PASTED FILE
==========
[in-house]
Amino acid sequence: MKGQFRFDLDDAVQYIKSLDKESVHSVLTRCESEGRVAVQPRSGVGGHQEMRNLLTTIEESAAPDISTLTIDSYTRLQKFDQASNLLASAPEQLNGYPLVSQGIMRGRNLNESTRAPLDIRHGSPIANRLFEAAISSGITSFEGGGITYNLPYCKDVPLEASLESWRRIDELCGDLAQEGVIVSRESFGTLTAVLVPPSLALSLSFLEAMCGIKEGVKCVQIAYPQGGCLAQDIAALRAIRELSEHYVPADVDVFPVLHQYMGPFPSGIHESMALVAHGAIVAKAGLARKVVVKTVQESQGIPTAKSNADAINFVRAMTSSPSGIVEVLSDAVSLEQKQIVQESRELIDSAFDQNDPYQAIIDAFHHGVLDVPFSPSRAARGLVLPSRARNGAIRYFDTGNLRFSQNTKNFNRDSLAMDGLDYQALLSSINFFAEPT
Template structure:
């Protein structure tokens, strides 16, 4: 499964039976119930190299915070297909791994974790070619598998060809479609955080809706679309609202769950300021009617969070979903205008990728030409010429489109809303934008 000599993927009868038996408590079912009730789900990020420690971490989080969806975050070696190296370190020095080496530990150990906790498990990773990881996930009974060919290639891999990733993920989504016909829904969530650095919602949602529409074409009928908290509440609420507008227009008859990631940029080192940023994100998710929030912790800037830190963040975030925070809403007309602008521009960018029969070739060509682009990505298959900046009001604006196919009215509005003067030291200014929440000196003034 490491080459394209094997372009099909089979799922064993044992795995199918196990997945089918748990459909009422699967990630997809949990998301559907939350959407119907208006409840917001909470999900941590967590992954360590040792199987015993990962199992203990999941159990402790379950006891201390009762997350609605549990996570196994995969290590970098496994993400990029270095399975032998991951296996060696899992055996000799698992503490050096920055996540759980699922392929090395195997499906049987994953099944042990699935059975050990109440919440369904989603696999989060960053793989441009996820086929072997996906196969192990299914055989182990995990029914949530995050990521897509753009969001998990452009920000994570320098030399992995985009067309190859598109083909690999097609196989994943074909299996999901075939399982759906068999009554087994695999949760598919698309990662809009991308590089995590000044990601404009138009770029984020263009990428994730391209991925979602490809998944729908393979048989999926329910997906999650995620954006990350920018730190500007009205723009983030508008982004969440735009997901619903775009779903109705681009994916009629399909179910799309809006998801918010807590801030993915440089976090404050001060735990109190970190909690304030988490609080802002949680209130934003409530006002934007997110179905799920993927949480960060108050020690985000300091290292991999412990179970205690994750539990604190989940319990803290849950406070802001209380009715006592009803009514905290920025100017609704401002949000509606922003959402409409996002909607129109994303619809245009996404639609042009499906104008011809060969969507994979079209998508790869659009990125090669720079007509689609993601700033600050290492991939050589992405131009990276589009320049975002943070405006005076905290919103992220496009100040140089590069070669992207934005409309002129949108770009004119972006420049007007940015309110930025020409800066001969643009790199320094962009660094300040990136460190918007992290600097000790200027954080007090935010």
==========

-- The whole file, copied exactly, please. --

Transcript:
[in-house]
Amino acid sequence: MKGQFRFDLDDAVQYIKSLDKESVHSVLTRCESEGRVAVQPRSGVGGHQEMRNLLTTIEESAAPDISTLTIDSYTRLQKFDQASNLLASAPEQLNGYPLVSQGIMRGRNLNESTRAPLDIRHGSPIANRLFEAAISSGITSFEGGGITYNLPYCKDVPLEASLESWRRIDELCGDLAQEGVIVSRESFGTLTAVLVPPSLALSLSFLEAMCGIKEGVKCVQIAYPQGGCLAQDIAALRAIRELSEHYVPADVDVFPVLHQYMGPFPSGIHESMALVAHGAIVAKAGLARKVVVKTVQESQGIPTAKSNADAINFVRAMTSSPSGIVEVLSDAVSLEQKQIVQESRELIDSAFDQNDPYQAIIDAFHHGVLDVPFSPSRAARGLVLPSRARNGAIRYFDTGNLRFSQNTKNFNRDSLAMDGLDYQALLSSINFFAEPT
Template structure:
């Protein structure tokens, strides 16, 4: 499964039976119930190299915070297909791994974790070619598998060809479609955080809706679309609202769950300021009617969070979903205008990728030409010429489109809303934008 000599993927009868038996408590079912009730789900990020420690971490989080969806975050070696190296370190020095080496530990150990906790498990990773990881996930009974060919290639891999990733993920989504016909829904969530650095919602949602529409074409009928908290509440609420507008227009008859990631940029080192940023994100998710929030912790800037830190963040975030925070809403007309602008521009960018029969070739060509682009990505298959900046009001604006196919009215509005003067030291200014929440000196003034 490491080459394209094997372009099909089979799922064993044992795995199918196990997945089918748990459909009422699967990630997809949990998301559907939350959407119907208006409840917001909470999900941590967590992954360590040792199987015993990962199992203990999941159990402790379950006891201390009762997350609605549990996570196994995969290590970098496994993400990029270095399975032998991951296996060696899992055996000799698992503490050096920055996540759980699922392929090395195997499906049987994953099944042990699935059975050990109440919440369904989603696999989060960053793989441009996820086929072997996906196969192990299914055989182990995990029914949530995050990521897509753009969001998990452009920000994570320098030399992995985009067309190859598109083909690999097609196989994943074909299996999901075939399982759906068999009554087994695999949760598919698309990662809009991308590089995590000044990601404009138009770029984020263009990428994730391209991925979602490809998944729908393979048989999926329910997906999650995620954006990350920018730190500007009205723009983030508008982004969440735009997901619903775009779903109705681009994916009629399909179910799309809006998801918010807590801030993915440089976090404050001060735990109190970190909690304030988490609080802002949680209130934003409530006002934007997110179905799920993927949480960060108050020690985000300091290292991999412990179970205690994750539990604190989940319990803290849950406070802001209380009715006592009803009514905290920025100017609704401002949000509606922003959402409409996002909607129109994303619809245009996404639609042009499906104008011809060969969507994979079209998508790869659009990125090669720079007509689609993601700033600050290492991939050589992405131009990276589009320049975002943070405006005076905290919103992220496009100040140089590069070669992207934005409309002129949108770009004119972006420049007007940015309110930025020409800066001969643009790199320094962009660094300040990136460190918007992290600097000790200027954080007090935010």